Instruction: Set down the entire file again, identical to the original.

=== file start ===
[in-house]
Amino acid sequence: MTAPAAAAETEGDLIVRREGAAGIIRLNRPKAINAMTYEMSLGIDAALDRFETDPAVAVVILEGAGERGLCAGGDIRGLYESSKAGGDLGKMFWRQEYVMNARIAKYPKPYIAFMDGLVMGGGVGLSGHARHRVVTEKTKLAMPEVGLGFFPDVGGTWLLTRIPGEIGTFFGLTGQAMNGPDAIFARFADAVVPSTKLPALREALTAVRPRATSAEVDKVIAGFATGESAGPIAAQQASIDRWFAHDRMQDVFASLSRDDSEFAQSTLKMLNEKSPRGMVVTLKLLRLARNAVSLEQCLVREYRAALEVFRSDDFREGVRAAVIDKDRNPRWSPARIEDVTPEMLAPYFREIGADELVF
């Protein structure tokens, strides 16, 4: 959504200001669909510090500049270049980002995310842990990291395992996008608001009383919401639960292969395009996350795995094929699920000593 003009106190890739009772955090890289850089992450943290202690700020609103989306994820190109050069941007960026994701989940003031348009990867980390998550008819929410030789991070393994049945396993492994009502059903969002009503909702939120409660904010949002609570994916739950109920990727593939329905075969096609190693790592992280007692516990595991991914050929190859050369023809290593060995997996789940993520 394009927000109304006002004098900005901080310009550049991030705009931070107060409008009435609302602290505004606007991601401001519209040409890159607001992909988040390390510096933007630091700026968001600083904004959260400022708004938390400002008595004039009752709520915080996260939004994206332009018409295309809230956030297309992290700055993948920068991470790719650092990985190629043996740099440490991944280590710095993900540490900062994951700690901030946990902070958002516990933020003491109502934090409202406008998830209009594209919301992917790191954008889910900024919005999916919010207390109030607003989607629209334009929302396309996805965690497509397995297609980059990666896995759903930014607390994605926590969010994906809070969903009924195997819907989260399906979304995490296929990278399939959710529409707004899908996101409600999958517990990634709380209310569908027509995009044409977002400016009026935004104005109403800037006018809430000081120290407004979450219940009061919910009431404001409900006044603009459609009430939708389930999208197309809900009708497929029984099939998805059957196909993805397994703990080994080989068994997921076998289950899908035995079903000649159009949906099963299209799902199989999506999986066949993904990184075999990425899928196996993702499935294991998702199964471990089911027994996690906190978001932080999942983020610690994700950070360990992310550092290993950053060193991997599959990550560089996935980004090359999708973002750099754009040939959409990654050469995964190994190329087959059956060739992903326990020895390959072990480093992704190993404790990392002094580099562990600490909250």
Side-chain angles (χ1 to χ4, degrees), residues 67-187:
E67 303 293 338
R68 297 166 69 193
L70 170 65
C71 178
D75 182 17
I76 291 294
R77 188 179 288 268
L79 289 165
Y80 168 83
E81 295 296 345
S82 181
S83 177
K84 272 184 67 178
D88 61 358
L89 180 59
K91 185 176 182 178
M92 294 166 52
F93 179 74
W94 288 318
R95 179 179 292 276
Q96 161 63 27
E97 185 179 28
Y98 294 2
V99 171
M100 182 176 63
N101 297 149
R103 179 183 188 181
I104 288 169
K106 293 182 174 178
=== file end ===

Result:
[in-house]
Amino acid sequence: MTAPAAAAETEGDLIVRREGAAGIIRLNRPKAINAMTYEMSLGIDAALDRFETDPAVAVVILEGAGERGLCAGGDIRGLYESSKAGGDLGKMFWRQEYVMNARIAKYPKPYIAFMDGLVMGGGVGLSGHARHRVVTEKTKLAMPEVGLGFFPDVGGTWLLTRIPGEIGTFFGLTGQAMNGPDAIFARFADAVVPSTKLPALREALTAVRPRATSAEVDKVIAGFATGESAGPIAAQQASIDRWFAHDRMQDVFASLSRDDSEFAQSTLKMLNEKSPRGMVVTLKLLRLARNAVSLEQCLVREYRAALEVFRSDDFREGVRAAVIDKDRNPRWSPARIEDVTPEMLAPYFREIGADELVF
């Protein structure tokens, strides 16, 4: 959504200001669909510090500049270049980002995310842990990291395992996008608001009383919401639960292969395009996350795995094929699920000593 003009106190890739009772955090890289850089992450943290202690700020609103989306994820190109050069941007960026994701989940003031348009990867980390998550008819929410030789991070393994049945396993492994009502059903969002009503909702939120409660904010949002609570994916739950109920990727593939329905075969096609190693790592992280007692516990595991991914050929190859050369023809290593060995997996789940993520 394009927000109304006002004098900005901080310009550049991030705009931070107060409008009435609302602290505004606007991601401001519209040409890159607001992909988040390390510096933007630091700026968001600083904004959260400022708004938390400002008595004039009752709520915080996260939004994206332009018409295309809230956030297309992290700055993948920068991470790719650092990985190629043996740099440490991944280590710095993900540490900062994951700690901030946990902070958002516990933020003491109502934090409202406008998830209009594209919301992917790191954008889910900024919005999916919010207390109030607003989607629209334009929302396309996805965690497509397995297609980059990666896995759903930014607390994605926590969010994906809070969903009924195997819907989260399906979304995490296929990278399939959710529409707004899908996101409600999958517990990634709380209310569908027509995009044409977002400016009026935004104005109403800037006018809430000081120290407004979450219940009061919910009431404001409900006044603009459609009430939708389930999208197309809900009708497929029984099939998805059957196909993805397994703990080994080989068994997921076998289950899908035995079903000649159009949906099963299209799902199989999506999986066949993904990184075999990425899928196996993702499935294991998702199964471990089911027994996690906190978001932080999942983020610690994700950070360990992310550092290993950053060193991997599959990550560089996935980004090359999708973002750099754009040939959409990654050469995964190994190329087959059956060739992903326990020895390959072990480093992704190993404790990392002094580099562990600490909250």
Side-chain angles (χ1 to χ4, degrees), residues 67-187:
E67 303 293 338
R68 297 166 69 193
L70 170 65
C71 178
D75 182 17
I76 291 294
R77 188 179 288 268
L79 289 165
Y80 168 83
E81 295 296 345
S82 181
S83 177
K84 272 184 67 178
D88 61 358
L89 180 59
K91 185 176 182 178
M92 294 166 52
F93 179 74
W94 288 318
R95 179 179 292 276
Q96 161 63 27
E97 185 179 28
Y98 294 2
V99 171
M100 182 176 63
N101 297 149
R103 179 183 188 181
I104 288 169
K106 293 182 174 178